[Anderson, Joseph: The Oliphants in Scotland, with a selection of Original Documents from the Charter Chest at Cask (Edinburgh, 1874), no. 3]


Note: Charter by Thomas of Galloway, earl of Atholl, has granted to Coupar Angus Abbey, Invervack next to Tulach, which William Olifard, knight, gave, to be held of William and his heirs in perpetuity, as freely as Thomas gave, and as attested by charter of the aforesaid William, who was the earl’s knight. Duflunch is Dub Loingsig.


[27] Dub Loingsig


1218-1231

[Transcript] Carta Willielmi Olifard facta monachis de Cupro cum consensu et assensu Domini mei Thomse Comitis Atholiae et Isabellae sponsae suae, Imath que est inter Tholawe per rectas divisas suas, &c. Testibus: Alexandro de Settune, Roberto Crawfurd, Johane de Lorenge, Dufflimiche, &c.

[Rental Book of Cistercian Abbey of Coupar-Angus, edited by Rev. Charles Rogers, Grampian Club, (London, 1879), Vol. 1, p. 331, no. 28]


Note: Charter of William Olifard to Coupar Angus Abbey, with the consent of his lord Thomas, earl of Atholl, and Isabella, his spouse, of Invervack in Tulach by its right bounds. This charter was confirmed by Thomas de Galloway, earl of Atholia, see Vol. 1, p. 331, no. 29.


[28] Duncan, dean of the Deanery of Atholl


1210-1214

[Abstract] John, bishop of Dunkeld, for Inchaffray Priory and J[ohn], the prior; has granted church of Madderty, as charter of Bishop John, his predecessor, bears witness, saving Episcopal rights. Henry, archdeacon [of Dunkeld]; Duncan, dean of Atholl; Eugene clerk [parsona of Clunie]; G and William, chaplains of John, bishop of Dunkeld; Master Robert, clerk; William, seneschal of John, bishop of Dunkeld; Michael, persona of Methven and many others.

[Liber Insule Missarum (Edinburgh, 1847), no. 70]


[29] Duncan, dean of the Deanery of Atholl


1203-1209

[Abstract] Charter by Richard, bishop of Dunkeld, granting to the monks of Coupar Angus Abbey the donation John [Scot], bishop of Dunkeld, made of 'Adbrek'. “His testibus Reinbaldo abate de Scona, Waltero priore de insula, magistro Henrico archidiacono nostro, matheo officiali dunkeldensi, Dunecano decano adtholiae, matheo decano de retref, Radulfo capellano nostro, Lowis et johanne clericis nostris, Eugenio cleric, A. persona de foreground et multis aliis.

[Charters of the Abbey of Coupar Angus, Vol. 1, Charters I to CXVIII, 1166-1376, Scottish History Society (Edinburgh, 1947), 3rd Serious, Vol. 40, no. 14]


[30] Duncan, dean of the Deanery of Atholl


1203-1209

[Abstract] Chirograph testifying that the monks of Coupar Angus Abbey will pay yearly on St Columba’s day a pound of incense to the church of Dunkeld in recognition and testimony of the approval and agreement by the canons of St Columba’s church, Dunkeld, regarding the donation of Bishop John of the land of Adbreck to the monks and the confirmation by Bishop Richard. Hiis testibus Reinbaldo abate de Scona, Waltero priore de insula, magistro Henrico archidiacono nostro, matheo officiali dunkeldensi, Dunecano decano adtholiae, matheo decano de retrif, Radulfo capellano nostro, Lewis, Johanne, Thoma, clericis episcope Ricardi, Eugenio cleric et Willelmo filio eius, Adam persona de forgrund et multis aliis.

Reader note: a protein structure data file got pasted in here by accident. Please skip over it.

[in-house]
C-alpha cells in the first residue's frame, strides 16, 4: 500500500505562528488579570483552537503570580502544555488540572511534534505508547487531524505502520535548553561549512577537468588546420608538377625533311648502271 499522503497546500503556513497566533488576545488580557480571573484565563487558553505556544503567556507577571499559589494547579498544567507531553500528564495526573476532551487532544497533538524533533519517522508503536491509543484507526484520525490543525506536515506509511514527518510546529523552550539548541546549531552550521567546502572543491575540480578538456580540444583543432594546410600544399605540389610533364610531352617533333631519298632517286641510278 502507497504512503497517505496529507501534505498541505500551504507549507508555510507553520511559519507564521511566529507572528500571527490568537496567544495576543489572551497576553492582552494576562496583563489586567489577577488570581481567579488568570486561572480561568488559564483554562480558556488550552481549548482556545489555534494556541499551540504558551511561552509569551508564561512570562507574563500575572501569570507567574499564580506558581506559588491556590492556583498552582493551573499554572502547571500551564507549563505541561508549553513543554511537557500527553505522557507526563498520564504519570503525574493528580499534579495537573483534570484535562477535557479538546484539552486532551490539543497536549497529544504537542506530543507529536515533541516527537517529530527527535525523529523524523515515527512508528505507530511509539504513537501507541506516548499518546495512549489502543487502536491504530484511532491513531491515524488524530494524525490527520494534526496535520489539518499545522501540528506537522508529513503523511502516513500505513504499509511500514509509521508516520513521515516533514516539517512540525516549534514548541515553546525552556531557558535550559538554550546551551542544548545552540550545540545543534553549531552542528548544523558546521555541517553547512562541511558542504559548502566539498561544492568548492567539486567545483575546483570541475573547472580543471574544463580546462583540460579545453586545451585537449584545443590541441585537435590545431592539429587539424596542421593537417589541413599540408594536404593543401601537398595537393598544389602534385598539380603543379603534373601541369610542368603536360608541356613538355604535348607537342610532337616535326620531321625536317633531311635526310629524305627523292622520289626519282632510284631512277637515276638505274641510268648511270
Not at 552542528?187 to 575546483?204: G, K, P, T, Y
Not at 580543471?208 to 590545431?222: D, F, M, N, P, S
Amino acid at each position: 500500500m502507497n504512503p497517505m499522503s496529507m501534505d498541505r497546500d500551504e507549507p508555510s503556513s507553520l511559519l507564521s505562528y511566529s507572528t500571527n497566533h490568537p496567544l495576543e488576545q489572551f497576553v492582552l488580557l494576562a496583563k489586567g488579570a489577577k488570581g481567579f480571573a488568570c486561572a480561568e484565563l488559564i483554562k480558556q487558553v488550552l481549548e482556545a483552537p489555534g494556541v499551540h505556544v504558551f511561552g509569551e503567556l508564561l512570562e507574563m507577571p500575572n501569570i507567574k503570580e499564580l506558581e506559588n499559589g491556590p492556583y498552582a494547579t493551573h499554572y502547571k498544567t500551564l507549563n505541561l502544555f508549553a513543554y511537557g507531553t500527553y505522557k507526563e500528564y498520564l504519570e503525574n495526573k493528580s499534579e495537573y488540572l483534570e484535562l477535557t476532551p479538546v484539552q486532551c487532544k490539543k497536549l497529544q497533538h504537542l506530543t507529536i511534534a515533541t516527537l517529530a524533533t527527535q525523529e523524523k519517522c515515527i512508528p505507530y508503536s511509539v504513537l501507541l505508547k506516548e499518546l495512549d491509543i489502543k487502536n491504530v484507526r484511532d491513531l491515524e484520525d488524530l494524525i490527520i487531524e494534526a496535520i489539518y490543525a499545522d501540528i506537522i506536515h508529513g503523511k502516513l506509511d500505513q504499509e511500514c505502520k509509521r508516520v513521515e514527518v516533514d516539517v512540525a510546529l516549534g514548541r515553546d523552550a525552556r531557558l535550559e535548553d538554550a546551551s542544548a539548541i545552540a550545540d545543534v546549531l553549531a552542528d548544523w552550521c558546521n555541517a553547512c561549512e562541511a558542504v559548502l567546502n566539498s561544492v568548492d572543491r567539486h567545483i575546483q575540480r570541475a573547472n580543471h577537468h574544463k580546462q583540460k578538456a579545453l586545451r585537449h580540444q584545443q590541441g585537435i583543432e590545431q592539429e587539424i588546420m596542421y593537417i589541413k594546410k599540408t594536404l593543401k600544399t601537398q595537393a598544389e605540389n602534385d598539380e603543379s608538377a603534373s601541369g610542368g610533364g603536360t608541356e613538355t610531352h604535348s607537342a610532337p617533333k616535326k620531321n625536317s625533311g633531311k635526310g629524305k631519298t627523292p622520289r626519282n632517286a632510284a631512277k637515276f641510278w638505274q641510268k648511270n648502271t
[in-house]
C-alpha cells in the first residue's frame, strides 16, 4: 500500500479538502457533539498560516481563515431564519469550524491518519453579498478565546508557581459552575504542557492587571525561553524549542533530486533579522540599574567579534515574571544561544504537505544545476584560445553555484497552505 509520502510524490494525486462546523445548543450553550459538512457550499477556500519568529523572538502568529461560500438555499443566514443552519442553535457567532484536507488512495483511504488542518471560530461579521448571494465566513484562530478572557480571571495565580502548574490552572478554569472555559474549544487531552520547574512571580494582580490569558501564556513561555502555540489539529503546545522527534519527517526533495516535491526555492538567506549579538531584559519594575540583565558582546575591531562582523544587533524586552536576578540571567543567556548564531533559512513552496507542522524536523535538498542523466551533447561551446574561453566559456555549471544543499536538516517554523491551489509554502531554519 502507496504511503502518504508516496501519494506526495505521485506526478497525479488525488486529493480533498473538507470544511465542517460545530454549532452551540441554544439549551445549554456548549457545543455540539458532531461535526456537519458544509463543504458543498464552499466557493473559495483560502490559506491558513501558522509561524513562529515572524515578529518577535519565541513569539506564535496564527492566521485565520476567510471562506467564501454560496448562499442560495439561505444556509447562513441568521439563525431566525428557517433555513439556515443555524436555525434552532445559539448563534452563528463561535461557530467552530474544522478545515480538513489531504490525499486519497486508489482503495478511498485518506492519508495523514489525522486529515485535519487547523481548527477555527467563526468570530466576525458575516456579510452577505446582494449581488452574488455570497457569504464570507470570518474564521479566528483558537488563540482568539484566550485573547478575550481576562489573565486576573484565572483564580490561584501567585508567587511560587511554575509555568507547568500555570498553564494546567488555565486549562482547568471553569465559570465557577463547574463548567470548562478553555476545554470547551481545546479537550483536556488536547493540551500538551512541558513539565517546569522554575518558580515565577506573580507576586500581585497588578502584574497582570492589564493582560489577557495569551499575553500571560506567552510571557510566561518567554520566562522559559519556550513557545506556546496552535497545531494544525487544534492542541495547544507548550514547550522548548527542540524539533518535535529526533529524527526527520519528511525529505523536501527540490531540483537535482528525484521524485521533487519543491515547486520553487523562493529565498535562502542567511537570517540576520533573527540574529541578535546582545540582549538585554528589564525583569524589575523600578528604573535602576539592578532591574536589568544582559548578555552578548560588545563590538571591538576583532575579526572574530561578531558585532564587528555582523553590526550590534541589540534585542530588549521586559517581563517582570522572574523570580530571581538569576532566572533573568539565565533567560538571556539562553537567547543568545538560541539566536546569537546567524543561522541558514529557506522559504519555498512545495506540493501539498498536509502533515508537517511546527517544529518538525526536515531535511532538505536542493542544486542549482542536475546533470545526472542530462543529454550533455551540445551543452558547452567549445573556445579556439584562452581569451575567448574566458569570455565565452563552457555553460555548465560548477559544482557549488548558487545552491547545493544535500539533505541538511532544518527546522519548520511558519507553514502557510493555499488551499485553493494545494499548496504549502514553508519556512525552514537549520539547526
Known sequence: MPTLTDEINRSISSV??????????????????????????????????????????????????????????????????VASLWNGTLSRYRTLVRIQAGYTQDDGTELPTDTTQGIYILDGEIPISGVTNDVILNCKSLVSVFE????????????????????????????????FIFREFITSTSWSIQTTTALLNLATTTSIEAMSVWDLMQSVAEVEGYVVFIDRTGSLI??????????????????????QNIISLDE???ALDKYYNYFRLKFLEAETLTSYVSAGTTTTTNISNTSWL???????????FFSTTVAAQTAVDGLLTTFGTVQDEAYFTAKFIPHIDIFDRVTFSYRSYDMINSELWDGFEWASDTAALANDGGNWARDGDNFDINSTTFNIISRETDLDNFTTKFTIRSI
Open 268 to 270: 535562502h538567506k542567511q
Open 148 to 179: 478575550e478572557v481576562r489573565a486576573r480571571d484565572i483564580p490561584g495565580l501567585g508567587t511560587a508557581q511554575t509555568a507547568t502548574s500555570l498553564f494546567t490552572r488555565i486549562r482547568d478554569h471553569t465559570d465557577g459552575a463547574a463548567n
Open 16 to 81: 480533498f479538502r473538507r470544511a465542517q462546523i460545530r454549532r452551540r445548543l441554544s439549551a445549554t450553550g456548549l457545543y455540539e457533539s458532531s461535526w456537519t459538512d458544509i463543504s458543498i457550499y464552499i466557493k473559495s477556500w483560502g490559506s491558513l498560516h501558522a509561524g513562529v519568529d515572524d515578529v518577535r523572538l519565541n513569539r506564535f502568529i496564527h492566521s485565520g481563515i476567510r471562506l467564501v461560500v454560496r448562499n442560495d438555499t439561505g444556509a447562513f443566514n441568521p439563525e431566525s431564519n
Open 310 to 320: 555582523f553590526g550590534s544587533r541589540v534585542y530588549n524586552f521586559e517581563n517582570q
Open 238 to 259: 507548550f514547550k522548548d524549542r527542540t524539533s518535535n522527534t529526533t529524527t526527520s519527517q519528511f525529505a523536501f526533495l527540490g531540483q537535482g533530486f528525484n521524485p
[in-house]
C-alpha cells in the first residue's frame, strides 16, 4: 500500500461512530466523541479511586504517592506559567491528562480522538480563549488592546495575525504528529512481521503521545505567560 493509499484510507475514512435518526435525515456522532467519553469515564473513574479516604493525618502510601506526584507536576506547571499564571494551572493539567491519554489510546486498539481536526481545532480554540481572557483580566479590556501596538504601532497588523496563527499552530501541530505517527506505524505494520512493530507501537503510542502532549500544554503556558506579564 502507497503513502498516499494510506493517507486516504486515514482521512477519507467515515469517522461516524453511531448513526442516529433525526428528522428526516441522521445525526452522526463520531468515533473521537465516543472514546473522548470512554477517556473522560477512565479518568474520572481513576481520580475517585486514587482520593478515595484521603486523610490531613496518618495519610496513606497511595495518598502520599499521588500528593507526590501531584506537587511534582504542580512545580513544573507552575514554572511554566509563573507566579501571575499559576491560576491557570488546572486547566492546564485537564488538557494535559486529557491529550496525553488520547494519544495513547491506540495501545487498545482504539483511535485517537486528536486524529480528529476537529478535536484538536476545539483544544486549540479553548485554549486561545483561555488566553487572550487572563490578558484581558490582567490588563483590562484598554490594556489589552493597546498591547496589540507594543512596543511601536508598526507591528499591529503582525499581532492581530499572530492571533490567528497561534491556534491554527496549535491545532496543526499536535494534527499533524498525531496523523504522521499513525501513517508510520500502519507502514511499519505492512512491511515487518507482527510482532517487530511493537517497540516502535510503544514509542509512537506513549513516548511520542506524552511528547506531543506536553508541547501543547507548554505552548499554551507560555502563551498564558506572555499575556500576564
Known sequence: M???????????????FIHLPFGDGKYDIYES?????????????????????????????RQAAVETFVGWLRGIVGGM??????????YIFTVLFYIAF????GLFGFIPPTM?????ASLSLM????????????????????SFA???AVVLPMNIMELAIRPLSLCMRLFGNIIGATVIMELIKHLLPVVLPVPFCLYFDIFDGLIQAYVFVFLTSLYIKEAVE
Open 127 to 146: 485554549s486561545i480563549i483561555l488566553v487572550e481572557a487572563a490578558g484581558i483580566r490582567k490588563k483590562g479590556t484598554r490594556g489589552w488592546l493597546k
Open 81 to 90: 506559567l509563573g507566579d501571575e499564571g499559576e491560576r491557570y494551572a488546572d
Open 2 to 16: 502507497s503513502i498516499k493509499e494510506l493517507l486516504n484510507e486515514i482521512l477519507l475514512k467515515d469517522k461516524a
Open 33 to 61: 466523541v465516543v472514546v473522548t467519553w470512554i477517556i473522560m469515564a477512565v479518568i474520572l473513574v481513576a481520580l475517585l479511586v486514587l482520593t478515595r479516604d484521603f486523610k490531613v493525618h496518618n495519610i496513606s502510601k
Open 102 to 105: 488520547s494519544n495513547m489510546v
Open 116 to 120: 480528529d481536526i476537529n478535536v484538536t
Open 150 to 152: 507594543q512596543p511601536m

[Charters of the Abbey of Coupar Angus, Vol. 1, Charters I to CXVIII, 1166-1376, Scottish History Society (Edinburgh, 1947), 3rd Serious, Vol. 40, no. 15]


[31] Henry, earl of Atholl


1194-1198

Comes Gilbertus de Straderne omnibus hominibus suis et amicis tam clericis quam laicis salute.  Sciant tam futuri quam presentes me dediffe et conceffiffe et hac mea carta confirmaffe Malcolmo filio comitis Duncani cum Matilda filia mea has terras scilicet Glendouan per omnes rectas diuisas suas et cum omnibus justis pertinentiis suis et Aldi et Foffedwege per omnes rectas divisas suas et cum omnibus justis pertinentiis suis in liberum maritagium in bosco in plano in pratis et pascuis in moris et maresiis in stagnis et molendinis in aquis et piscariis in capellis et ecclesiis et omnibus aliis asiamentis Tenendum habendum et poffidendum sibi et heredibus suis de me et heredibus meis ita libere quiete plenarie et honorifice sicut liberius quietius plenius et honorificentius aliquod maritagium alicujus comitis vel baronis tenetur habetur vel poffidetur in regno Scotie. His testibus: Johanne epifcopo Dunkeldensi; Roberto abbate de Scona; Ernaldo abbate de Cupro; Matilda comitissa mea; Henrico comite Atholie; Malliffio fratre meo; Mackbed, vicecomite de Scona; Willelmo de Cram'; Symone de Ramsay; Bricio judice; Gillenairem dapifero Comitis; Duncano thano de Streuelin; Gilchristo filio comitis etc.

[Liber Insule Missarum (Edinburgh, 1847), Appendix, no. 2]


[32] Henry, earl of Atholl


1189-1210

[Abstract] Charter of Henry, earl of Atholl, by which he granted and established to Dunfermline Abbey the donation Earl Mael Coluim his father made to them of the church of Moulin, with four ploughgates of land, namely, 'Petduuedi', 'Petmaldoic', 'Balchonene', 'Petmacdufgille'. Witnessed by Gilbert, earl of Strathearn (d.1223); Margaret, countess of Atholl; Michael and Robert, canons of Scone; Gillenef, seneschal of Strathearn; Alexander, knight; Richard and Beollan, chaplains; Malise, Earl Atholl’s brother; Gille Muire, seneschal of Atholl.

[Registrum de Dunfermelyn (Edinburgh, 1842), no. 148]


Note: Gille Muire may have been the father of Andrew, clerk of Dull (see no. 3).


[33] Henry, earl of Atholl


1189-1198